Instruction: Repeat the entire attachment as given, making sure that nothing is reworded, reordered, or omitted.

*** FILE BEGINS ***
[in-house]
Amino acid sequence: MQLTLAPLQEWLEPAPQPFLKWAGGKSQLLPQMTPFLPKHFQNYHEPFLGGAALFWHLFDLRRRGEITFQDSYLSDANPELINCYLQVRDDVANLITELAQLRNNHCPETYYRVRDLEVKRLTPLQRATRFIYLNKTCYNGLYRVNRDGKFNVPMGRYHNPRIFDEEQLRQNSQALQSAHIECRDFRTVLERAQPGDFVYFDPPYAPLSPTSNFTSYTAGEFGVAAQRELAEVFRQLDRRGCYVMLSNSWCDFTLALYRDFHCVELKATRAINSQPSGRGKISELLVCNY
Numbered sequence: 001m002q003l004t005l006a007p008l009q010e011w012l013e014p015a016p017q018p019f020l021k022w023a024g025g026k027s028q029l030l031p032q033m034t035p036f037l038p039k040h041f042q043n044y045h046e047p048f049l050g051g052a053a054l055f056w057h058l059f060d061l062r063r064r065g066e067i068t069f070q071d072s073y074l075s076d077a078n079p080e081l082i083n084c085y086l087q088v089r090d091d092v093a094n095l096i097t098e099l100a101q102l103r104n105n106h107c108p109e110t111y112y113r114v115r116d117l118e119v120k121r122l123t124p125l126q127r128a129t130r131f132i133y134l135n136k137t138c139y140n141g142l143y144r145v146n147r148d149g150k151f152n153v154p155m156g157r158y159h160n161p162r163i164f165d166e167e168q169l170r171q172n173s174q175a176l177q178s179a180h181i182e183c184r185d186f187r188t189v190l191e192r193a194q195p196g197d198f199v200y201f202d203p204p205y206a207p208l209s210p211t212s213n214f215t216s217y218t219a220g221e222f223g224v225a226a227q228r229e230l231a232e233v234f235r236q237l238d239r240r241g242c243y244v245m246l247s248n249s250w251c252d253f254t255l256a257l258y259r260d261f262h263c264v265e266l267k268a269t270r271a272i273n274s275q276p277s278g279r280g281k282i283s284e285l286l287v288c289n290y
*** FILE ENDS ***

[in-house]
Amino acid sequence: MQLTLAPLQEWLEPAPQPFLKWAGGKSQLLPQMTPFLPKHFQNYHEPFLGGAALFWHLFDLRRRGEITFQDSYLSDANPELINCYLQVRDDVANLITELAQLRNNHCPETYYRVRDLEVKRLTPLQRATRFIYLNKTCYNGLYRVNRDGKFNVPMGRYHNPRIFDEEQLRQNSQALQSAHIECRDFRTVLERAQPGDFVYFDPPYAPLSPTSNFTSYTAGEFGVAAQRELAEVFRQLDRRGCYVMLSNSWCDFTLALYRDFHCVELKATRAINSQPSGRGKISELLVCNY
Numbered sequence: 001m002q003l004t005l006a007p008l009q010e011w012l013e014p015a016p017q018p019f020l021k022w023a024g025g026k027s028q029l030l031p032q033m034t035p036f037l038p039k040h041f042q043n044y045h046e047p048f049l050g051g052a053a054l055f056w057h058l059f060d061l062r063r064r065g066e067i068t069f070q071d072s073y074l075s076d077a078n079p080e081l082i083n084c085y086l087q088v089r090d091d092v093a094n095l096i097t098e099l100a101q102l103r104n105n106h107c108p109e110t111y112y113r114v115r116d117l118e119v120k121r122l123t124p125l126q127r128a129t130r131f132i133y134l135n136k137t138c139y140n141g142l143y144r145v146n147r148d149g150k151f152n153v154p155m156g157r158y159h160n161p162r163i164f165d166e167e168q169l170r171q172n173s174q175a176l177q178s179a180h181i182e183c184r185d186f187r188t189v190l191e192r193a194q195p196g197d198f199v200y201f202d203p204p205y206a207p208l209s210p211t212s213n214f215t216s217y218t219a220g221e222f223g224v225a226a227q228r229e230l231a232e233v234f235r236q237l238d239r240r241g242c243y244v245m246l247s248n249s250w251c252d253f254t255l256a257l258y259r260d261f262h263c264v265e266l267k268a269t270r271a272i273n274s275q276p277s278g279r280g281k282i283s284e285l286l287v288c289n290y